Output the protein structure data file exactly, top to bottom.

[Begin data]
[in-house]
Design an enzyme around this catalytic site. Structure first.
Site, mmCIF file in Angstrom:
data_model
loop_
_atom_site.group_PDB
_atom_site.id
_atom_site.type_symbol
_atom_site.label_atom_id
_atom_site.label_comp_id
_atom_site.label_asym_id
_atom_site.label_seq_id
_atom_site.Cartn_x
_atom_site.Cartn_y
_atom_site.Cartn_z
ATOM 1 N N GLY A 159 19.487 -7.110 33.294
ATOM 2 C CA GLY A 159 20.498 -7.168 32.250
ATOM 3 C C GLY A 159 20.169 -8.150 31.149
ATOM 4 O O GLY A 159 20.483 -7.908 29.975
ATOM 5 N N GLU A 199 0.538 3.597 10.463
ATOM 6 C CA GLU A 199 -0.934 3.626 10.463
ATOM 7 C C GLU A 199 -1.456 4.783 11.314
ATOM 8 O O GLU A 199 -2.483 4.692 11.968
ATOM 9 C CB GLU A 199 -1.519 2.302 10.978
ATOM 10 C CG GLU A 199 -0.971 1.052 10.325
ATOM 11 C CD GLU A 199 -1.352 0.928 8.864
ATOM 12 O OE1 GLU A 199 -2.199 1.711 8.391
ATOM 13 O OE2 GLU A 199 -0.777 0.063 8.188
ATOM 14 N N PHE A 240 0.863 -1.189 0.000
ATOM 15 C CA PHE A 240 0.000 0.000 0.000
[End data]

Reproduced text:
[in-house]
Design an enzyme around this catalytic site. Structure first.
Site, mmCIF file in Angstrom:
data_model
loop_
_atom_site.group_PDB
_atom_site.id
_atom_site.type_symbol
_atom_site.label_atom_id
_atom_site.label_comp_id
_atom_site.label_asym_id
_atom_site.label_seq_id
_atom_site.Cartn_x
_atom_site.Cartn_y
_atom_site.Cartn_z
ATOM 1 N N GLY A 159 19.487 -7.110 33.294
ATOM 2 C CA GLY A 159 20.498 -7.168 32.250
ATOM 3 C C GLY A 159 20.169 -8.150 31.149
ATOM 4 O O GLY A 159 20.483 -7.908 29.975
ATOM 5 N N GLU A 199 0.538 3.597 10.463
ATOM 6 C CA GLU A 199 -0.934 3.626 10.463
ATOM 7 C C GLU A 199 -1.456 4.783 11.314
ATOM 8 O O GLU A 199 -2.483 4.692 11.968
ATOM 9 C CB GLU A 199 -1.519 2.302 10.978
ATOM 10 C CG GLU A 199 -0.971 1.052 10.325
ATOM 11 C CD GLU A 199 -1.352 0.928 8.864
ATOM 12 O OE1 GLU A 199 -2.199 1.711 8.391
ATOM 13 O OE2 GLU A 199 -0.777 0.063 8.188
ATOM 14 N N PHE A 240 0.863 -1.189 0.000
ATOM 15 C CA PHE A 240 0.000 0.000 0.000